Join the movement to protect cats

Sign up for our mailing list and learn how you can help us win the battle against unnecessary killing of cats. Sign up now »

How to Problem Solve with Neighbors

(Download a PDF version of this document.)

1. Start a Trap-Neuter-Return program.

Trap-Neuter-Return (TNR) is your first and best tool for caring for the cats and addressing neighbors’ concerns. Neutering all of the neighborhood cats resolves the most common concerns like mating, yowling, and spraying, and it ends the breeding cycle and improves the cats’ health. Visit your neighbors to tell them that you’re doing TNR and that if they have any concerns, they can come to you. You may even find others to help you!

New to TNR? Find out everything you need to know.

2. Keep accurate records.

Knowing how many cats you care for and how many are neutered will help organize your TNR efforts and prepare you for discussing the colony with neighbors. Use our tracking sheet to guide you.

3. Host an informal TNR workshop.

Invite the neighbors, offer refreshments, and explain how TNR benefits the community and how to carry out TNR. It’s a great way to find volunteers to help—and it’s a great way for everyone to get to know each other, too. Find all the tools you need to conduct a workshop, including videos and handouts.

Handling Threats

If the neighbors’ concerns escalate to threats, take the following actions.

1. Meet with your neighbors in person.

Set up a time to talk about their concerns. Even if you feel that your neighbors are being unreasonable, it’s important to talk to them in person. Listen closely and find out what cat behaviors are bothering them. Are the cats digging? Leaving paw prints? Don’t take “I just don’t like cats” for an answer—find the real problem and offer to fix it. Get more meeting tips.

2. Reach a compromise.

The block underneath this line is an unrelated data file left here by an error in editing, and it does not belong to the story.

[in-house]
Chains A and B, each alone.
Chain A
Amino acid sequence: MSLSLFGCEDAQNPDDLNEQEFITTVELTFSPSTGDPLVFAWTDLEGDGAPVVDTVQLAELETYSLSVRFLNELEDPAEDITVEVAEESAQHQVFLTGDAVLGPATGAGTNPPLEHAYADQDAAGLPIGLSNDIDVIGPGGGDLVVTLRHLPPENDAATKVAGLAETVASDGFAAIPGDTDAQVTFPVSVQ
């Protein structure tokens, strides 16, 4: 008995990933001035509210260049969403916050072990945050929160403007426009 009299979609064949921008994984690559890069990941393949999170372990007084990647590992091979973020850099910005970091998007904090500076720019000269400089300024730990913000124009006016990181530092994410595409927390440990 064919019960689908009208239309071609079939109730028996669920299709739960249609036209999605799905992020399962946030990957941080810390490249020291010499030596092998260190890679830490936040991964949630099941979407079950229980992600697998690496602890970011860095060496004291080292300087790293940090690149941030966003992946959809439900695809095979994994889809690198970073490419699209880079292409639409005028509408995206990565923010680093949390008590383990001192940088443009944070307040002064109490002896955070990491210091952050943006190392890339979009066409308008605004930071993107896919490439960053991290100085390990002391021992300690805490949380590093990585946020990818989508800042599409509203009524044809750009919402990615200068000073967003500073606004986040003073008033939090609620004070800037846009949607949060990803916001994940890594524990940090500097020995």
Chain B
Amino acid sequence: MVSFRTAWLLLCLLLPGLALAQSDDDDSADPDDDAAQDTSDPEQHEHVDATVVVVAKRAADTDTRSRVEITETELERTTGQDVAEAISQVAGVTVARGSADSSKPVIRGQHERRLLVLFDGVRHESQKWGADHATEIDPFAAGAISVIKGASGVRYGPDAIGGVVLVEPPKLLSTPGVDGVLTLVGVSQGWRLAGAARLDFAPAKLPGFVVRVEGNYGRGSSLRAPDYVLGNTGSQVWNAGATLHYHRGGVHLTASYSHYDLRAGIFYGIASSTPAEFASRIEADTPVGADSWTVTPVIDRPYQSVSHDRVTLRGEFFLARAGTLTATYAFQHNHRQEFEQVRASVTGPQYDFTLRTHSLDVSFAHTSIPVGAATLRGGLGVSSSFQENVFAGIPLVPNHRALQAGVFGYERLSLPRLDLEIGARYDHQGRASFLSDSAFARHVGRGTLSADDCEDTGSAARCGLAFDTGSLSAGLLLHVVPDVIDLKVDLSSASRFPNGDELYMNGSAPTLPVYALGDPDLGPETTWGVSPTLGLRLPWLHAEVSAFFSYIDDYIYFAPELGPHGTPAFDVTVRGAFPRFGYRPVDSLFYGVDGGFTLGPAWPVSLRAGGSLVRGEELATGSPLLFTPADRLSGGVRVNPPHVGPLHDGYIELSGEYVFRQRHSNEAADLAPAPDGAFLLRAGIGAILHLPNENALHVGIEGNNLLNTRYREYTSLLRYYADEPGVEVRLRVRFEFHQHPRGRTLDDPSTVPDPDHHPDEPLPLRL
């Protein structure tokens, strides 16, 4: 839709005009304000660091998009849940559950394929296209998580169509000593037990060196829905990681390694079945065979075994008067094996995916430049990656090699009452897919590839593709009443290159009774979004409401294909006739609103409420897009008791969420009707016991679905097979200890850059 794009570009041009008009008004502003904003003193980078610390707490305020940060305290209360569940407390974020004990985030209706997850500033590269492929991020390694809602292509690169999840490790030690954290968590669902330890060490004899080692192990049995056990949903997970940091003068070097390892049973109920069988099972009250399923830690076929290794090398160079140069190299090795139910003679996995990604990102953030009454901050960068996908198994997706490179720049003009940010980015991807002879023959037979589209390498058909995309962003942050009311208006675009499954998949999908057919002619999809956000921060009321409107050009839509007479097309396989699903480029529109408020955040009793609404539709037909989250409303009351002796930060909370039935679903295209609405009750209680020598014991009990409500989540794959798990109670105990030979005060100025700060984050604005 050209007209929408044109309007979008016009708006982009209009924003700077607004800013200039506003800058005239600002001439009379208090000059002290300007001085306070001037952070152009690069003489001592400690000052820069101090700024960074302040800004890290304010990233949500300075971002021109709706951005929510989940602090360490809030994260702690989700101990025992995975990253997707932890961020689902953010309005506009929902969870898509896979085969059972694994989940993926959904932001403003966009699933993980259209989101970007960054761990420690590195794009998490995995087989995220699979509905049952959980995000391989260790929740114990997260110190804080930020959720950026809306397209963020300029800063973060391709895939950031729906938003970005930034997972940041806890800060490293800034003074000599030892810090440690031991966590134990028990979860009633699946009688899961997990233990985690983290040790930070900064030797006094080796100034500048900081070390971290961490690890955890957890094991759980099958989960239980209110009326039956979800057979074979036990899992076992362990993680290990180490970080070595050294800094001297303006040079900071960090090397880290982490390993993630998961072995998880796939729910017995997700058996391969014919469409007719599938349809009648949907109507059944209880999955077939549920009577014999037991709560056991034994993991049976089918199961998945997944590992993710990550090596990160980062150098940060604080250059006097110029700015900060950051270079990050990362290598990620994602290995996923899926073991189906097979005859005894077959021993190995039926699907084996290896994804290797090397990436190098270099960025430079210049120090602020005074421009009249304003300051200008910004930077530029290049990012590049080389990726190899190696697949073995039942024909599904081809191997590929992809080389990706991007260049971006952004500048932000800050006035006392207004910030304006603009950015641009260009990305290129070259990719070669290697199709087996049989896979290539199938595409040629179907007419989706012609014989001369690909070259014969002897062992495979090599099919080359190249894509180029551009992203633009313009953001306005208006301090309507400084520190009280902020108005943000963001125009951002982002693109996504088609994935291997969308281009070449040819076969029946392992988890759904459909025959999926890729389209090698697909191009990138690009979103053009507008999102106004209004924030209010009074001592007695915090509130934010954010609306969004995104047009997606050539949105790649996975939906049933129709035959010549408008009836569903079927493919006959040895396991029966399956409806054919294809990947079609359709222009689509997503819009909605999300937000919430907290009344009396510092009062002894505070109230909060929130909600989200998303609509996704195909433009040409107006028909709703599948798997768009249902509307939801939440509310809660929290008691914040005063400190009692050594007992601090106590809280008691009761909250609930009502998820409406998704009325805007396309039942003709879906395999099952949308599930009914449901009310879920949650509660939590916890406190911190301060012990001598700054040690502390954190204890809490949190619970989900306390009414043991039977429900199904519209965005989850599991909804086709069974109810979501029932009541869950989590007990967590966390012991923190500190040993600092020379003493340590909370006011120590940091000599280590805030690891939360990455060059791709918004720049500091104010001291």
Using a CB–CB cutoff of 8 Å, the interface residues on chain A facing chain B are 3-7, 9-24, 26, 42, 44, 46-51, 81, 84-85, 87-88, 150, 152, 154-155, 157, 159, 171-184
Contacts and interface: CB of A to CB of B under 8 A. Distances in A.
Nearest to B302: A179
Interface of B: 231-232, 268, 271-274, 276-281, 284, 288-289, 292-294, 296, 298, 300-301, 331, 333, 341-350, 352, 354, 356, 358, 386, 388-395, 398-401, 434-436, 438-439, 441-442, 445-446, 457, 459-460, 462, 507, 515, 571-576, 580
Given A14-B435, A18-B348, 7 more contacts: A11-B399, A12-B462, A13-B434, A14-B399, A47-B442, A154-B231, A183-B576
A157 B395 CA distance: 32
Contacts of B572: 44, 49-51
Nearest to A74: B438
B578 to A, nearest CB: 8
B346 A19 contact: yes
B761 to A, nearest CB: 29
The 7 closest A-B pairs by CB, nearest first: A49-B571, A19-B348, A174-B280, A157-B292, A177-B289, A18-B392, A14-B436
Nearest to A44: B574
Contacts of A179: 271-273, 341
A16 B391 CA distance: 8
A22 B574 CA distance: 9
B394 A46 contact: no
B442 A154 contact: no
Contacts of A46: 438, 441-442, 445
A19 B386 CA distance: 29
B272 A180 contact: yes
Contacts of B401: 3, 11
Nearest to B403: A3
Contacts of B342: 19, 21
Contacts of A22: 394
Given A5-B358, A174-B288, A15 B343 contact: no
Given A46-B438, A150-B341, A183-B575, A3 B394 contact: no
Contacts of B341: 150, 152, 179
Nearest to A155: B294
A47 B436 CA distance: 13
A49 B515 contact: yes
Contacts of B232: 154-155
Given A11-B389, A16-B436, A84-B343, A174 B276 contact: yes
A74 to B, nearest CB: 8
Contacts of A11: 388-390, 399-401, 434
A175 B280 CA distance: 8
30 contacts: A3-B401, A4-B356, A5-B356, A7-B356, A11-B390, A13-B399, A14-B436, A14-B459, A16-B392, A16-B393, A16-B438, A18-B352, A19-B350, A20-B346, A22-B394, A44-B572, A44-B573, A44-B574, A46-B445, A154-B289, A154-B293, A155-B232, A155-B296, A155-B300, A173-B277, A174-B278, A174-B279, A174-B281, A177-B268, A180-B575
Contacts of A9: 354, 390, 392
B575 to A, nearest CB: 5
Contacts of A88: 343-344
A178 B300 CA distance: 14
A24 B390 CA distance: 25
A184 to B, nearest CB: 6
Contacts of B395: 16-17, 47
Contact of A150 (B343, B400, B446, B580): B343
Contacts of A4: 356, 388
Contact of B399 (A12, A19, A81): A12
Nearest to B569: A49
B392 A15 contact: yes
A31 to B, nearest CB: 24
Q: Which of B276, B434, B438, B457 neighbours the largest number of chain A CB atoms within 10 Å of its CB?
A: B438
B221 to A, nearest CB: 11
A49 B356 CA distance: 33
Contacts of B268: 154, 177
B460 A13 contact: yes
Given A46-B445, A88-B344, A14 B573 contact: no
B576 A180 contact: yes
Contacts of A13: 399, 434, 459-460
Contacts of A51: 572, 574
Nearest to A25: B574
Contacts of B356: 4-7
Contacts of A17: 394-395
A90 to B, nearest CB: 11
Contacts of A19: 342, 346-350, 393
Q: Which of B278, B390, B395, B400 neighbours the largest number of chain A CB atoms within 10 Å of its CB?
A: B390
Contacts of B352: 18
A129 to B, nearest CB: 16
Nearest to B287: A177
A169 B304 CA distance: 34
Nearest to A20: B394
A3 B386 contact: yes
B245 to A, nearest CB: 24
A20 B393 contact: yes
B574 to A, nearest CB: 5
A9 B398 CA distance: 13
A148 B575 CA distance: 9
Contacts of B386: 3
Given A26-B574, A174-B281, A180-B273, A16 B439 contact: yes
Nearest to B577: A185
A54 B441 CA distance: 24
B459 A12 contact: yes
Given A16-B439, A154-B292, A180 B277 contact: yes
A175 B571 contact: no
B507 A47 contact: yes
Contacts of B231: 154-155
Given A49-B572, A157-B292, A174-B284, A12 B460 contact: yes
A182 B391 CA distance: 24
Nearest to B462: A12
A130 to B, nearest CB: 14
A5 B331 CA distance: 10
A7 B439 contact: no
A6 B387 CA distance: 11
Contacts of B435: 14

Offer effective bargaining chips like TNR, colony care, and humane deterrents, depending on neighbors’ concerns. Be sure not to offer bargaining chips that usually backfire, like relocation or cat sanctuaries, and don’t make promises of things you can’t deliver. Once you’ve found an acceptable compromise, get the agreement in writing. Learn more about negotiating and deterrent and repellant options.

3. Know your local laws and procedures.

Protect yourself and the cats by learning more about your community’s animal control policies and other laws that affect cats and caregivers. Learn about your legal rights in case you are approached by animal control in relation to your position caring for cats.

Find out which shelter cats are brought to when they are trapped in your neighborhood and learn the rules for claiming them from impoundment. Find resources for looking up your city’s ordinances.

4. Connect with local cat-friendly groups.

You’re not alone! Get help and support through Alley Cat Allies’ Feral Friends Network. We’ll help you find other organizations in your area that care about feral cats and may be able to mediate disputes and advise you on TNR. Consider becoming a Feral Friends Network member yourself to help more cats and caregivers.

5. Get neighbors on board.

Educate your neighbors about feral cats and the fact that they are killed in shelters, then tell them how TNR saves cats’ lives and helps the whole community. Establish yourself as the contact person for the cats by going door to door handing out truth cards that answer common questions. Find these and more about community relations.

6. Make your community more cat-friendly.

Connect with neighbors, veterinarians, animal shelters, and local businesses to promote policies and practices that protect the cats. Get tips on how to engage the community and even start your own TNR organization at.

7. Keep up a dialogue with neighbors.

Check in with your neighbors to make sure that the deterrents you provided or other solution you implemented are working for them. TNR is a long-term program, so be sure to continue to educate new neighbors about it as they move in.